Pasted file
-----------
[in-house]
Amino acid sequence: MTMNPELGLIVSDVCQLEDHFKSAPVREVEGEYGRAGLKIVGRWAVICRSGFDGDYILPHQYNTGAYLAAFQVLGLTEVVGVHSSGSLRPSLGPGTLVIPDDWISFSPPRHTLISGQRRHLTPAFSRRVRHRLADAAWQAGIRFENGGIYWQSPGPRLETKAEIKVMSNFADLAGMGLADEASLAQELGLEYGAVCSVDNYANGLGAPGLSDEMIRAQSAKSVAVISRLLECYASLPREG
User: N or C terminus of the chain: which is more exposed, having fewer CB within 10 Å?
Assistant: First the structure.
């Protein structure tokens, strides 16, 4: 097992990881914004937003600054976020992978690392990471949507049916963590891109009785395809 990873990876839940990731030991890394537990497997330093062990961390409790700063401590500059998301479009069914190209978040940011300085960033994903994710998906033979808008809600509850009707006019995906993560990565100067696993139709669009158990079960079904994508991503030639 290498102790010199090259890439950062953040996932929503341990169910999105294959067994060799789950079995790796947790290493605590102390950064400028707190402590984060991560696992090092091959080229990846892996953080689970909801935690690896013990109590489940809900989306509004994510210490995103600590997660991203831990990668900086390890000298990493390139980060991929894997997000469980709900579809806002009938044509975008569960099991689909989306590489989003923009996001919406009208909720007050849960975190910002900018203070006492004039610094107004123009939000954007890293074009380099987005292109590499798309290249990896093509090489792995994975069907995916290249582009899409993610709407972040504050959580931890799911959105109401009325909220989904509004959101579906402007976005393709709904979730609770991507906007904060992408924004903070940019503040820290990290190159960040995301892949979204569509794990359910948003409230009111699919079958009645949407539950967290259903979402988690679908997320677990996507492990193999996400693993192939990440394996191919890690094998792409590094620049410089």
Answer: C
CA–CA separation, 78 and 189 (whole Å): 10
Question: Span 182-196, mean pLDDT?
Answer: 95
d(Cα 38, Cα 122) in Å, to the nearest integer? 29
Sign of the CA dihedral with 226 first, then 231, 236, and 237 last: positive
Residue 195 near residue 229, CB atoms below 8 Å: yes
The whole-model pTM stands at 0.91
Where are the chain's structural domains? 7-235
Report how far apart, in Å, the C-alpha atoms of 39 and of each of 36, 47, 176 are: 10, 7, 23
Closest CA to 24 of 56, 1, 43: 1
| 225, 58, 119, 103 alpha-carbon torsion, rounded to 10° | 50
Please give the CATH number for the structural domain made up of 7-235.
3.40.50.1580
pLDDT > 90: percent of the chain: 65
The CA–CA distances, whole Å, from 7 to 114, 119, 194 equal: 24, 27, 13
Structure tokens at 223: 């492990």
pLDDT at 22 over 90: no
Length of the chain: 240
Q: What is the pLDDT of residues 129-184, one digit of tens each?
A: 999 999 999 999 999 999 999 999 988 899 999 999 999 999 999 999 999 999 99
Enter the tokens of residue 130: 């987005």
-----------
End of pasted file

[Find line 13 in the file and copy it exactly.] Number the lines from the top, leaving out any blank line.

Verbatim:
The whole-model pTM stands at 0.91